Scientific Opinion on the risks for animal and public health related to the presence of T-2 and HT-2 toxin in food and feed

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Acknowledgements

The Panel wishes to thank the members of the Working Group on Fusarium toxins: Bruce Cottrill, Susanne Döll, Lutz Edler, Gunnar Sundstøl Eriksen, Peter Farmer, Johanna Fink-Gremmels, Jean-Marc Fremy, Yun Yun Gong, Rudolf Krska, Karsten Meyer, Isabelle Oswald, Dominique Parent-Massin and Hans van Egmond for the preparatory work on this scientific opinion and EFSA staff: Gina Cioacata, Valeriu Curtui, Mari Eskola and Giuseppe Triacchini for the support provided to this scientific opinion. The CONTAM Panel acknowledges all European competent authorities and other stakeholders that provided occurrence data on T-2 and HT-2 toxins for food and feed, and supported the consumption data collection for the Comprehensive European Food Consumption Database.

Panel on Contaminants in the Food Chain
EFSA Journal
EFSA Journal 2011;9(12):2481 [187 pp.].
doi
10.2903/j.efsa.2011.2481
Panel members at the time of adoption
Jan Alexander, Diane Benford, Alan Boobis, Sandra Ceccatelli, Bruce Cottrill, Jean-Pierre Cravedi, Alessandro Di Domenico, Daniel Doerge, Eugenia Dogliotti, Lutz Edler, Peter Farmer, Metka Filipič, Johanna Fink-Gremmels, Peter Fürst, Thierry Guérin, Helle Katrine Knutsen, Miroslav Machala, Antonio Mutti, Josef Schlatter, Martin Rose and Rolaf van Leeuwen
Type
Opinion of the Scientific Committee/Scientific Panel
On request from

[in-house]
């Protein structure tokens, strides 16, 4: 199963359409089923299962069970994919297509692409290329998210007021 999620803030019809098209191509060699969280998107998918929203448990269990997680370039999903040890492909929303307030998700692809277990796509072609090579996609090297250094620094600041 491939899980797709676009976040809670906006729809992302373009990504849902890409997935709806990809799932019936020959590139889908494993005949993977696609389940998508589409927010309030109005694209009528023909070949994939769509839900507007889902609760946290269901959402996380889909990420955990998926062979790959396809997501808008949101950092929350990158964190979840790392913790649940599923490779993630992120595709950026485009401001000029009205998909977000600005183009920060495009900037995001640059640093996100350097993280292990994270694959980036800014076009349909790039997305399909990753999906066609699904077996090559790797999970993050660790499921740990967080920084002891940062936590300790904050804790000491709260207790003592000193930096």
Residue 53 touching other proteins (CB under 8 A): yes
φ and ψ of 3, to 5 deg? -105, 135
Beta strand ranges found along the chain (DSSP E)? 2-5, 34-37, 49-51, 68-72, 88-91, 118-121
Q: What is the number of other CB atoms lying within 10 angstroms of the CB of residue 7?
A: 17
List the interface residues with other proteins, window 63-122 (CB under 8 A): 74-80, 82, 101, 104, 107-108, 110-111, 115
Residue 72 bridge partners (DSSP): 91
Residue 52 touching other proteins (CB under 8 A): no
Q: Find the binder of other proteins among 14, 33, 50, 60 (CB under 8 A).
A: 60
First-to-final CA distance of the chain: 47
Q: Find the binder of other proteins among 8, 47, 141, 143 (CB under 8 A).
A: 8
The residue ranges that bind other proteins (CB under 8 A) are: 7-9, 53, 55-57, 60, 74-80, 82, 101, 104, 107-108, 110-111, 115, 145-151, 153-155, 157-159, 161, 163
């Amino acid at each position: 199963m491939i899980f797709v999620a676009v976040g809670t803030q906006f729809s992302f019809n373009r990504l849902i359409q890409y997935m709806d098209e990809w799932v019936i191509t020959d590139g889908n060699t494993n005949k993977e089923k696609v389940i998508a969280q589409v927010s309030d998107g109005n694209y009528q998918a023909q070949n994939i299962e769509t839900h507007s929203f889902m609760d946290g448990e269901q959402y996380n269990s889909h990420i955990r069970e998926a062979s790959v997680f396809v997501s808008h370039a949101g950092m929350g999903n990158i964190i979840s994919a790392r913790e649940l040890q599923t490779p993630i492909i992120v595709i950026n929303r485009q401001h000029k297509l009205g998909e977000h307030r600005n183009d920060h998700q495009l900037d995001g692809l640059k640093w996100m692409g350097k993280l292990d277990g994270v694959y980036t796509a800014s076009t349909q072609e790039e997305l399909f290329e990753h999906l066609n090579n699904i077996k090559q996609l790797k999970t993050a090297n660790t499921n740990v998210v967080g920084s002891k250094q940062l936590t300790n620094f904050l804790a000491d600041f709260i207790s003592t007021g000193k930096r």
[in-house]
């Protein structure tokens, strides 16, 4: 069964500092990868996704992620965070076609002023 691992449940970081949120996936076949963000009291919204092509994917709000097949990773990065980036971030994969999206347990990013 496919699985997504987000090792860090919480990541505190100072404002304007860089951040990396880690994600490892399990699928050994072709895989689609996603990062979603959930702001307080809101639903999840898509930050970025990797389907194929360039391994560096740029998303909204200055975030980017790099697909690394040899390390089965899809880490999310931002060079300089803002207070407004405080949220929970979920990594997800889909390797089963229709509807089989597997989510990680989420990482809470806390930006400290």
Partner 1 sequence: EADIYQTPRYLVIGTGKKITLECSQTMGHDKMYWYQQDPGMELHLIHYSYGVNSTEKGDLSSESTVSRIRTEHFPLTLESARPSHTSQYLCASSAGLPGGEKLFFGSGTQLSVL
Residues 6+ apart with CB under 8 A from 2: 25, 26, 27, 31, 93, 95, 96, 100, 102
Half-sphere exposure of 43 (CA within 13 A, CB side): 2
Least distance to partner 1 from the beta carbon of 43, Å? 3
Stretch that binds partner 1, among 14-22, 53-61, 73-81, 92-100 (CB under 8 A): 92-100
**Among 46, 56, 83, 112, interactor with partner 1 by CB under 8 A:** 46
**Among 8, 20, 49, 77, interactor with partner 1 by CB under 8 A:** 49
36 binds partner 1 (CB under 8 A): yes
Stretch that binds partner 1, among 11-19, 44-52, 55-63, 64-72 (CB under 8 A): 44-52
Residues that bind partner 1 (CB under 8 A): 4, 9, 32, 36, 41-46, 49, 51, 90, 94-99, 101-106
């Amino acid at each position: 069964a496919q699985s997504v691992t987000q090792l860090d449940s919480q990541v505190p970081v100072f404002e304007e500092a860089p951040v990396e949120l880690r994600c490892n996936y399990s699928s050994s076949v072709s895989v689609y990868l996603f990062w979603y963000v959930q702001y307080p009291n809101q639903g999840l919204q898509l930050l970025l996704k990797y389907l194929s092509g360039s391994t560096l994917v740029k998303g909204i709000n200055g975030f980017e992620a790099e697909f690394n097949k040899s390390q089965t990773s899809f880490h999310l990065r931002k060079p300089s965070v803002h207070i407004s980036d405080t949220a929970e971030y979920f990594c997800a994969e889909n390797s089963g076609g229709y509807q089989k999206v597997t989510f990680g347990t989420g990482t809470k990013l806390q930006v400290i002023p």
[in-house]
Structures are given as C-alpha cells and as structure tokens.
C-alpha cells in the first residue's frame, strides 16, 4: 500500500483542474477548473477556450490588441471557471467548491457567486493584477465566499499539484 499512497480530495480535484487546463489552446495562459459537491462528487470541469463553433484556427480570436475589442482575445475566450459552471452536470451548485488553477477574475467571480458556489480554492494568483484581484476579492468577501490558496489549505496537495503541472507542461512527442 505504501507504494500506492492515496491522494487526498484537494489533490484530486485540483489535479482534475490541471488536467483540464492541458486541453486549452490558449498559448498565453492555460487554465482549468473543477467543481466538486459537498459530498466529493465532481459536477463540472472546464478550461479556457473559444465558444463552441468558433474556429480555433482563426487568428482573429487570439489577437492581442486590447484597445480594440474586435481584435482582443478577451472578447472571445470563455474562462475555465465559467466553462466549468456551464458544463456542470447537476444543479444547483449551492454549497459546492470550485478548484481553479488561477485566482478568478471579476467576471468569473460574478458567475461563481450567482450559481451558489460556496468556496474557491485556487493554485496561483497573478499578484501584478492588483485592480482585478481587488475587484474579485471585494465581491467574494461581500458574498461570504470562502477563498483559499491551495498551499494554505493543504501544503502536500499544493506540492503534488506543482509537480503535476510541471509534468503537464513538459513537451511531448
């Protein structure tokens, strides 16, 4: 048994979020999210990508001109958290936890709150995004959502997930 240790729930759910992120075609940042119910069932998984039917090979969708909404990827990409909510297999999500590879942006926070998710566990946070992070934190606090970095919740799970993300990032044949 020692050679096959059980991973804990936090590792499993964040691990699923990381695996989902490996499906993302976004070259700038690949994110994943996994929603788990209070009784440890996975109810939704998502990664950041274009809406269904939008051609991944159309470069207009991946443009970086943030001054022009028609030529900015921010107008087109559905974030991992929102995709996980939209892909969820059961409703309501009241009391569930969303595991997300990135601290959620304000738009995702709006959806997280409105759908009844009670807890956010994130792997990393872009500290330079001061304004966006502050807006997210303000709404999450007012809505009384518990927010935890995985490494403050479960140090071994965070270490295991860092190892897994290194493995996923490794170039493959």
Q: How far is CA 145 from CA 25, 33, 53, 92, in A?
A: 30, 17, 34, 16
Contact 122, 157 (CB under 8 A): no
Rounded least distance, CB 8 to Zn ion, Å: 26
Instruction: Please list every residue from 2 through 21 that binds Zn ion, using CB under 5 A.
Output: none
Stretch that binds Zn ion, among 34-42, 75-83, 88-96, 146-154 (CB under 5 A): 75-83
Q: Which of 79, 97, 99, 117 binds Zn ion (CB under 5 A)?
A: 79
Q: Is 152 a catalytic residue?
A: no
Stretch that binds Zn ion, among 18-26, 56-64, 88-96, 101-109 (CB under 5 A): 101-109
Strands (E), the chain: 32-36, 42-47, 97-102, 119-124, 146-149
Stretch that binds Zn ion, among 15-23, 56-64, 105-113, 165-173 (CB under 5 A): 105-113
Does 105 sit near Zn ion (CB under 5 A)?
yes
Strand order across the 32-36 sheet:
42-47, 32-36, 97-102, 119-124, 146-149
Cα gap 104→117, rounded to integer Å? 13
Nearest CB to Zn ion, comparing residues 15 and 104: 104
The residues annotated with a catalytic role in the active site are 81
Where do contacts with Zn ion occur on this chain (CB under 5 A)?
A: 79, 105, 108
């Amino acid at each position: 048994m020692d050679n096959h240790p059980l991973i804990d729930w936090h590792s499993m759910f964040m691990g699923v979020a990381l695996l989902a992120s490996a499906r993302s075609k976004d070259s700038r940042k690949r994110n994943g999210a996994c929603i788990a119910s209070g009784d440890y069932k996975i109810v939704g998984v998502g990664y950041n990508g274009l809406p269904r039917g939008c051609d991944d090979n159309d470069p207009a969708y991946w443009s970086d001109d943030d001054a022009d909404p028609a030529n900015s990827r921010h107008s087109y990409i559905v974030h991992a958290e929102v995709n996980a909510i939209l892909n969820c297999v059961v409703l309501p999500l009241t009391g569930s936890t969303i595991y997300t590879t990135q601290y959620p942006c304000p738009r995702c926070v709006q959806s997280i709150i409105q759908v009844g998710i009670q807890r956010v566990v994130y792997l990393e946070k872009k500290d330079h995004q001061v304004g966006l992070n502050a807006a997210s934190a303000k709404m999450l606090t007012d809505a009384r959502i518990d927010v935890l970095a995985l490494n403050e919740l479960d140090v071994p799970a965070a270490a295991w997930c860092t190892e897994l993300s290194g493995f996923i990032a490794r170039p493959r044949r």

European Commission
Question Number
EFSA-Q-2010-00962
Adopted
30 November 2011
Published
19 December 2011
Last Updated
11 June 2013. This version replaces the previous one/s.
Affiliation
European Food Safety Authority (EFSA), Parma, Italy
Note
Abstract

T-2 toxin and HT-2 toxin are mycotoxins produced by various Fusarium species. The European Commission asked EFSA for a scientific opinion on the risk to human and animal health related to the presence of T-2 and HT-2 toxin in food and feed. A total of 20,519 results for the sum of T-2 and HT-2 toxins in food, feed and unprocessed grains, collected in 2005-2010 from 22 European countries, were used in the evaluation. The highest mean concentrations for the sum of T-2 and HT-2 toxins were observed in grains and grain milling products, notably in oats and oat products. Grains and grain-based foods, in particular bread, fine bakery wares, grain milling products, and breakfast cereals, made the largest contribution to the sum of T-2 and HT-2 toxin exposure for humans. T-2 toxin is rapidly metabolised to a large number of products, HT-2 toxin being a major metabolite. Pigs are amongst the most sensitive animals towards the effects of T-2 toxin, the most sensitive endpoints being immunological or haematological effects. Using these data and a benchmark dose analysis the Panel on Contaminants in the Food Chain established a group tolerable daily intake (TDI) of 100 ng/kg b.w. for the sum of T-2 and HT-2 toxins. Estimates of chronic human dietary exposure to the sum of T-2 and HT-2 toxins based on the available occurrence data are below the TDI for populations of all age groups, and thus not a health concern. For ruminants, rabbits and farmed fish the estimated exposures to the sum of these toxins based on the available occurrence data are considered unlikely to be a health concern, while for pigs, poultry, dogs and horses the risk of adverse health effects is low. For cats the health risk from the exposure to T-2 and HT-2 toxins cannot be assessed.

Keywords
Mycotoxins, Fusarium, HT-2 toxin, T-2 toxin, food, feed, analysis, occurrence, human dietary exposure, animal dietary exposure, risk assessment, toxicity, tolerable daily intake (TDI)
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Number of Pages
187